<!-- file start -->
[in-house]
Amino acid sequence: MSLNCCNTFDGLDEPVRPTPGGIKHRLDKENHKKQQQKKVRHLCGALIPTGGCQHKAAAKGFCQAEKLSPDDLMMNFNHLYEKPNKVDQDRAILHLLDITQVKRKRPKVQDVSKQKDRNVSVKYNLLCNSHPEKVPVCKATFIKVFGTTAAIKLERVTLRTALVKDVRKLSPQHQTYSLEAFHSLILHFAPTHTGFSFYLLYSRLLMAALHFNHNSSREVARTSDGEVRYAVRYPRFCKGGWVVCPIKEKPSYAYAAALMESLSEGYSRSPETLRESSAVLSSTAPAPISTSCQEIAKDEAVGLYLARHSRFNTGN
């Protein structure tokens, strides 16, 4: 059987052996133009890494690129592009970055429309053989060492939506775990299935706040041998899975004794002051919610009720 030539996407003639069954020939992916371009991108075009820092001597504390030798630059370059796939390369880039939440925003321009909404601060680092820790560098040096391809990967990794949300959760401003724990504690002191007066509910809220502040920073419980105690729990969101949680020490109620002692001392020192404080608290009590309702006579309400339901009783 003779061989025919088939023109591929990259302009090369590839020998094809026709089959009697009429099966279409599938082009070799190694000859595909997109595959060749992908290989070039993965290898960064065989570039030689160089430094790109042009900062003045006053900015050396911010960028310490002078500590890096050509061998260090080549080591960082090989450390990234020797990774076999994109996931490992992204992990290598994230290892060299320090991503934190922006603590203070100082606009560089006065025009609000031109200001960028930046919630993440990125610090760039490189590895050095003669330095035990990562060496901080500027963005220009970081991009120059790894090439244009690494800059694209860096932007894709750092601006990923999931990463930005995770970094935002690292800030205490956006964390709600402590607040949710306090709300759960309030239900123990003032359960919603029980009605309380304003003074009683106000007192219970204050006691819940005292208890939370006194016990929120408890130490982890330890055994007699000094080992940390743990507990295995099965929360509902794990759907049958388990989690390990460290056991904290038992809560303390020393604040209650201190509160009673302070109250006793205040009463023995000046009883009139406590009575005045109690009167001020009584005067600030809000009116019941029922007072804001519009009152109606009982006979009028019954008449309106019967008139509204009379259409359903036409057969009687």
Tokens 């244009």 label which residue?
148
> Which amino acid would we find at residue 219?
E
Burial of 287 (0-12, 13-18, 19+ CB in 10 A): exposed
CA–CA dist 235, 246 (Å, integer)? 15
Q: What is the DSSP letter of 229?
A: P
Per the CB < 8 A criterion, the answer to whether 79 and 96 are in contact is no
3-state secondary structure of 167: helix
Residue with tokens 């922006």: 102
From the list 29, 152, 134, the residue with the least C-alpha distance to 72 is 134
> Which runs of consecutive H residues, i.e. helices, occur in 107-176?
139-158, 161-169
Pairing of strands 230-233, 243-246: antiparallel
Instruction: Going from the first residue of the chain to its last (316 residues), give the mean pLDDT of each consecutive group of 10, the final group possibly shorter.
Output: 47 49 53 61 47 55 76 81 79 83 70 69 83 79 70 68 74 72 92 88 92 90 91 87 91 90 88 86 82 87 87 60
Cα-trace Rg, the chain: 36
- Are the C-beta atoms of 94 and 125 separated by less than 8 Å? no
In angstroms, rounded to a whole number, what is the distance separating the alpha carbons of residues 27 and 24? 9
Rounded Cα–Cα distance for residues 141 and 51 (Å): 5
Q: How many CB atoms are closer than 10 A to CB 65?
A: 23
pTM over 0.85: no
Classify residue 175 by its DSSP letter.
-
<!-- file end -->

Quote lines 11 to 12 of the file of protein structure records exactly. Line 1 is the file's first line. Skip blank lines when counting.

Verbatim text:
A: P
Per the CB < 8 A criterion, the answer to whether 79 and 96 are in contact is no